Some advice on things to consider when working with your weight loss clients.
Smart exercise prescription.
The goal of weight loss is not absolute weight loss. A person who loses 50lb running and 50lb weight lifting looks entirely different. The goal should be fat reduction and increasing lean muscle mass. The best way to do this is to be on a strength program like Starting Strength, Wendler, or a program that correlates with what level they are on. Make sure they are getting stronger!
Also Read: Noom is a weight loss app that provides access to a health coach and a personalized weight loss plan.
Have client weight themselves every morning
Research shows that people who weigh themselves every day lose more weight. One thing to watch out for is being obsessed with the scale. It is your job not to let them get to that point. Let them know that a person’s water weight fluctuates daily and to expect for it to go up and down and that you are more concerned with the overall picture of all the measurements over time.
Respond to food logs multiple times a week.
Clients need to know you are reading their food logs and keeping them accountable. They should be submitting a food log daily or weekly. Don’t overlook this because it sounds tedious. This is important because it’s your best tool in dietary compliance.
Every person who wants to lose weight has their motivation. For example, I have a client who has 2 kids in grade school. Last year when on vacation she wasn’t able to hike with the family. Fast forward to this year, at 5’2 she has gone from 188 to 135 pounds. This year she was able to participate in all the family activities. Her motivation was her kids so every once in a while I would remind her why she was doing this. Find your client’s motivation and remind them of it because it was to lose sight of that in the daily grind.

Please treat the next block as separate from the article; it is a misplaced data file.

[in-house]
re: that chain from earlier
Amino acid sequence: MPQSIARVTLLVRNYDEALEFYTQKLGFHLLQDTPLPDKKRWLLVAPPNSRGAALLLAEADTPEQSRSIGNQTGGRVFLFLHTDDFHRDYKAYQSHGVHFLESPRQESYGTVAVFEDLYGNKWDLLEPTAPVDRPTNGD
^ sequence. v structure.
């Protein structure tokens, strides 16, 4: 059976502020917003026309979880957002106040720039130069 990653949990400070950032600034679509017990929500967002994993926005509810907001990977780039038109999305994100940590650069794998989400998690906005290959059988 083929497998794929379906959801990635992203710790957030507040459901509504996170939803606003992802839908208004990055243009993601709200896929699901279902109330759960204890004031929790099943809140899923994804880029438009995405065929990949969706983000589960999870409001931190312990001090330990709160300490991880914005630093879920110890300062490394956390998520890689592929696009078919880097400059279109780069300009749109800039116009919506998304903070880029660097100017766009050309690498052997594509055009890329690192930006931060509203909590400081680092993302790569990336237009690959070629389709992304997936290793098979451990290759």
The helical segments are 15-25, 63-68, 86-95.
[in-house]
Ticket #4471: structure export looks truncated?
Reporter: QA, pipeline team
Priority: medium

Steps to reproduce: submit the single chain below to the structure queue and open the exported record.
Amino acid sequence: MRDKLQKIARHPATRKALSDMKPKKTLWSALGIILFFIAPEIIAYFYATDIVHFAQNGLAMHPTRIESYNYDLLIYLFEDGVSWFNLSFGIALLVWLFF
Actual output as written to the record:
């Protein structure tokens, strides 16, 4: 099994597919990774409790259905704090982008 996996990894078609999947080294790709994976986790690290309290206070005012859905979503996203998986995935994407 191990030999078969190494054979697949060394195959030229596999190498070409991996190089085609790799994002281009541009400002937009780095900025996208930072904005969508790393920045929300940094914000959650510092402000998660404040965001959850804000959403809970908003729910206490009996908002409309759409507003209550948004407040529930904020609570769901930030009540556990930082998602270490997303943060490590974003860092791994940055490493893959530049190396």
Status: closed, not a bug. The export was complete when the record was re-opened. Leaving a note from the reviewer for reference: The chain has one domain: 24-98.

Don’t expect perfection.
Changing a person’s lifestyle choices is a long process. Expecting to have everything dialed in from day 1 can add even more stress to the process. If they mess up don’t chastise them. But also, find that balance between too lenient.
Be a source of motivation.
This should go without saying, but when a person looks at you they should think I want to be like that. When was the last time you weren’t to a dentist with bad teeth?
Be fastidious about measurements.
We are in a results-driven business. People pay for a service to help them make changes in their life. One of the best ways we have to show them that what they are doing is working is to track progress. We recommend the following:
Before starting – Weight, BF%, circumference measurements, pictures (front, side, back), resting heart rate, BMI, blood pressure, and if they are willing blood tests.
Weekly – Weight
Monthly – Weight, Pictures, Circumference measurements, BF%
Finished program – All measurements again
Record weight weekly.
Have a weigh-in weekly. It’s a simple way to track progress on a micro-scale and adds another level of accountability to progress.
Friends, Family, and coworkers.
Make sure that the client has their friends and family involved. These are the people who they go out with, socialize, and eat. If they know that your client has goals they will help them accomplish them.
Give them everything.
Seriously. Your clients validate your profession. Be there whenever they need you. Be dedicated to their cause. Your client’s success goes hand in hand with yours.
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